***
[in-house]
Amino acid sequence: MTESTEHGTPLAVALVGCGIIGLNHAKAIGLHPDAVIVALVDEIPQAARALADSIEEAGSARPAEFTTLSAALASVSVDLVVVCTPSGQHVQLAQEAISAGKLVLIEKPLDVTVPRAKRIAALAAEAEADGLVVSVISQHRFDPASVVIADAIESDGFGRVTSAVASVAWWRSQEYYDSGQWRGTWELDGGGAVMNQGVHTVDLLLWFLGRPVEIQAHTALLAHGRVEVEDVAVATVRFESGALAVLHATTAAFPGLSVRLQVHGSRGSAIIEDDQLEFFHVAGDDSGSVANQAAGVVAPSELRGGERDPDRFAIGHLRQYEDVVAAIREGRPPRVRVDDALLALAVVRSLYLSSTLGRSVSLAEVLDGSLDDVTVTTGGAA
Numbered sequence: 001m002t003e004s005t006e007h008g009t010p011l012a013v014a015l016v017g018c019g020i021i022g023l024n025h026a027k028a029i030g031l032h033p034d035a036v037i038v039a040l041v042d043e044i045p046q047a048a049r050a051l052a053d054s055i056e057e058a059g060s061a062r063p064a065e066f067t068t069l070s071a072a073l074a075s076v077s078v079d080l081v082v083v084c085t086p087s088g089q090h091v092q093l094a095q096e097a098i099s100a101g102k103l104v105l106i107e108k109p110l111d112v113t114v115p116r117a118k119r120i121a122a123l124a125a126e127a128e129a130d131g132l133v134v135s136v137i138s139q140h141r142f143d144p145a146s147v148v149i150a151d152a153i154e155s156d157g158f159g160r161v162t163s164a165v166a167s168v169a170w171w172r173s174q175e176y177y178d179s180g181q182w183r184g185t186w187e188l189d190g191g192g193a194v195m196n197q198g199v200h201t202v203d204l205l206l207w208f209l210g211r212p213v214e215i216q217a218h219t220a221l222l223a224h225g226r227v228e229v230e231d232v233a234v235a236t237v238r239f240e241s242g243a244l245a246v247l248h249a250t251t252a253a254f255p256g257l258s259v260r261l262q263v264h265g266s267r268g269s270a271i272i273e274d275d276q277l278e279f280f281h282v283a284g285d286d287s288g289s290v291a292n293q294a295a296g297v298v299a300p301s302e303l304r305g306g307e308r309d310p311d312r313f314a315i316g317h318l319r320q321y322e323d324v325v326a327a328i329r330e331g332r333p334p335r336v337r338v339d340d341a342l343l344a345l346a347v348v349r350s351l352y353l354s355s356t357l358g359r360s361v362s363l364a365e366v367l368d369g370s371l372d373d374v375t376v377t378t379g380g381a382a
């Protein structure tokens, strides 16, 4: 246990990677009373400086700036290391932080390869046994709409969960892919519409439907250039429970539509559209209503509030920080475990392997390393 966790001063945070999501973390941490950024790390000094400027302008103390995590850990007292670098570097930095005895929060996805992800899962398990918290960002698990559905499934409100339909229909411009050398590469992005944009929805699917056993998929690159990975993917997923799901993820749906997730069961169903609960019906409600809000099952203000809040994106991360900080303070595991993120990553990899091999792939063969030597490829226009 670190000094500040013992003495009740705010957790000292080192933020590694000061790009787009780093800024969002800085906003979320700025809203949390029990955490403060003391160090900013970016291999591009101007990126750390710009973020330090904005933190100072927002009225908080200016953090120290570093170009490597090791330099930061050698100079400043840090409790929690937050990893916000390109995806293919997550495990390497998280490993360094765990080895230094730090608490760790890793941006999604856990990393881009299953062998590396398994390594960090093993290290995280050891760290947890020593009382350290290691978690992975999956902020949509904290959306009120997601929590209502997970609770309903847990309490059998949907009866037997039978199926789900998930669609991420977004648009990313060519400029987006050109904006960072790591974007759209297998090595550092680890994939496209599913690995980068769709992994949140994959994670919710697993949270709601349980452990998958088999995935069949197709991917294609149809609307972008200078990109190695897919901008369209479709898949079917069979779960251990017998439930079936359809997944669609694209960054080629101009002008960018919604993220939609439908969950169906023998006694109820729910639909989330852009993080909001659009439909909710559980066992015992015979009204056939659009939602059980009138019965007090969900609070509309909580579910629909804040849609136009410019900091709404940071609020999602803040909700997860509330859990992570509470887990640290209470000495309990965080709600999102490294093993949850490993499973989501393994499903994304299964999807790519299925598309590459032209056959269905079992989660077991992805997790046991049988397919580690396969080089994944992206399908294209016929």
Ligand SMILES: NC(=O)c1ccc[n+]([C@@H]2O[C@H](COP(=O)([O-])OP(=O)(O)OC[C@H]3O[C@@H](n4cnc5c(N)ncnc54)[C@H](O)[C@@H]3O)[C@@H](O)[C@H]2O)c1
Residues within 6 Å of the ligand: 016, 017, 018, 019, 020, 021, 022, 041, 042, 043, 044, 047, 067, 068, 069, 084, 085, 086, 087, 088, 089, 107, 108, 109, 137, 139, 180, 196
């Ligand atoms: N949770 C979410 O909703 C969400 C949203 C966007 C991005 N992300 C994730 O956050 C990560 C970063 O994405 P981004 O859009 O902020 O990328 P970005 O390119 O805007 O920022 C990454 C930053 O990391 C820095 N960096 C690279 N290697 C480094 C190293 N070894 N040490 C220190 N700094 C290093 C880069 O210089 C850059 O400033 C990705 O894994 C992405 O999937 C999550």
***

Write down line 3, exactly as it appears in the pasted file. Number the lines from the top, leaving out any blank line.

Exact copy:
Numbered sequence: 001m002t003e004s005t006e007h008g009t010p011l012a013v014a015l016v017g018c019g020i021i022g023l024n025h026a027k028a029i030g031l032h033p034d035a036v037i038v039a040l041v042d043e044i045p046q047a048a049r050a051l052a053d054s055i056e057e058a059g060s061a062r063p064a065e066f067t068t069l070s071a072a073l074a075s076v077s078v079d080l081v082v083v084c085t086p087s088g089q090h091v092q093l094a095q096e097a098i099s100a101g102k103l104v105l106i107e108k109p110l111d112v113t114v115p116r117a118k119r120i121a122a123l124a125a126e127a128e129a130d131g132l133v134v135s136v137i138s139q140h141r142f143d144p145a146s147v148v149i150a151d152a153i154e155s156d157g158f159g160r161v162t163s164a165v166a167s168v169a170w171w172r173s174q175e176y177y178d179s180g181q182w183r184g185t186w187e188l189d190g191g192g193a194v195m196n197q198g199v200h201t202v203d204l205l206l207w208f209l210g211r212p213v214e215i216q217a218h219t220a221l222l223a224h225g226r227v228e229v230e231d232v233a234v235a236t237v238r239f240e241s242g243a244l245a246v247l248h249a250t251t252a253a254f255p256g257l258s259v260r261l262q263v264h265g266s267r268g269s270a271i272i273e274d275d276q277l278e279f280f281h282v283a284g285d286d287s288g289s290v291a292n293q294a295a296g297v298v299a300p301s302e303l304r305g306g307e308r309d310p311d312r313f314a315i316g317h318l319r320q321y322e323d324v325v326a327a328i329r330e331g332r333p334p335r336v337r338v339d340d341a342l343l344a345l346a347v348v349r350s351l352y353l354s355s356t357l358g359r360s361v362s363l364a365e366v367l368d369g370s371l372d373d374v375t376v377t378t379g380g381a382a